Back-up gear (what do you take/stories)

notINtheband

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For 3+ decades I’ve been taking a spare snare drum and spare bass drum pedal to all my gigs.
This habit came from a couple very early experiences.
First one was my first year gigging. On the first note of the first song I put a stick right through the snare drum head.
Luckily back then I ran 2 snares so I had a perfectly capable acrolite sitting to the left of my hi-hat. So the show went on.
Another time, early gig sometime in the 80’s, my bass drum beater( held on with a threaded nut) came off and I put the beater shaft right through the drum head.
Again, at the time I was running a double bass so was able to take 5 minutes and rearrange the kit to play the left bass as primary. (After locating the beater head and nut).
In all the time since then I’ve only had a bass drum pedal go wonky on me once, which I fixed with an Allen wrench during the break and didn’t have to swap out.
Also once had to loan out my hi hat clutch to another artist that lost theirs somewhere between gigs, so I added a spare to my normal back up items, along with drum keys in zipper pockets, sticks in my foot pedal bag, rubber grommets and felts, even an extra tension rod.

What items do you bring along to gigs as spares and have they ever bailed you or another drummer out?
338900FA-78E4-420B-8A2E-DE0465EF740D.jpeg
 

flippantminister

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For years I carried a spare snare & spare kick pedal to every show, which I'd always leave in the van until needed(which, once i started carrying backups, they never were). The last big touring cycle I did I started out carrying the spares, but after the first leg I quit bothering. The way those guys loaded/unloaded the van, they almost got left behind a few times, so I figured the liability of carrying them was higher than the liability of having something go wrong! :compress:

I have definitely thought about carrying cables/picks/strings, but never actually done it!
 

notINtheband

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they almost got left behind a few times, so I figured the liability of carrying them was higher than the liability of having something go wrong!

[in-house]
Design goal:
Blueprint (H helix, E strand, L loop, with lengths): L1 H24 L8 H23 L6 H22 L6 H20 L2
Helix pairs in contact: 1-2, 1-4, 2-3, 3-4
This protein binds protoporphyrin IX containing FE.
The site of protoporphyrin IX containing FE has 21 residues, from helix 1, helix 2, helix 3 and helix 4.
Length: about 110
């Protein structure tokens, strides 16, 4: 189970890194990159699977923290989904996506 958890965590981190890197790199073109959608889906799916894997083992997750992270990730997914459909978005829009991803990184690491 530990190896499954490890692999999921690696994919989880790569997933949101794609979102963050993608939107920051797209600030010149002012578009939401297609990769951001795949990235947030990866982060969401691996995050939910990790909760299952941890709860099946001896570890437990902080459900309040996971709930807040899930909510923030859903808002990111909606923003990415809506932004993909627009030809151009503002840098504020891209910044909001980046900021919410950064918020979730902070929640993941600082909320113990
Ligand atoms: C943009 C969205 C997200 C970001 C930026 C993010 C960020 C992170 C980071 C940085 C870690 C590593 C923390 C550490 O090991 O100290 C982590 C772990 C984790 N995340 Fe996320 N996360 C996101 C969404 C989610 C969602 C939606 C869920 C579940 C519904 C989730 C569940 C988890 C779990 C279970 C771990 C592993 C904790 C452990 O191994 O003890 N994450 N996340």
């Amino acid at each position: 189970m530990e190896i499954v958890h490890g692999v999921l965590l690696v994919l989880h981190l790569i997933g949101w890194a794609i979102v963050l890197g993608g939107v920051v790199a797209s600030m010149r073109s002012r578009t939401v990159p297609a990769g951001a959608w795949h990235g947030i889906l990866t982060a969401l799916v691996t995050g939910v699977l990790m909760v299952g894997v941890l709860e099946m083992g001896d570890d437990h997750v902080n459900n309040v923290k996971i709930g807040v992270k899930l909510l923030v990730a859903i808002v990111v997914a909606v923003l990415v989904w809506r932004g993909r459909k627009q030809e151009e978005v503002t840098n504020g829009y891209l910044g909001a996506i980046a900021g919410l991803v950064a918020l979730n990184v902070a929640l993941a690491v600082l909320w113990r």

That’s been exactly what I’ve asked myself several times. With the exceptions I mentioned, it’s been hundreds of gigs with no need. Plus always triple checking to make sure I didn’t leave a very expensive spare at the gig on load out. Maybe I need to use my cheapest snare as the backup in case it gets lifted or left behind.
 

flippantminister

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Maybe I need to use my cheapest snare as the backup in case it gets lifted or left behind.
That's actually what I should be doing. good idea! Of course, almost every show I play, there are other bands on the bill, so if things got dire, I could secure a backup for a few songs.

I say that like I actually play shows anymore. Ha! Maybe one day...
We actually just booked a show, first in two years. But I'll be on vocals for that, all I carry is a mic!
 

cplueard

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I've got a set of Tama Classic hardware with an old Tama pedal that has a collapsible base, a 13 x 3 aluminum piccolo snare, a small old throne, and one of the Aquarian bass drum patches. I can fit almost all if under my two font seats so it doesn't really take up any car room. I also use these as my small gig/rehearsal gear that way I only load a cymbal bag and a junker set of concert style drums that I nest to get to those types of things quicker.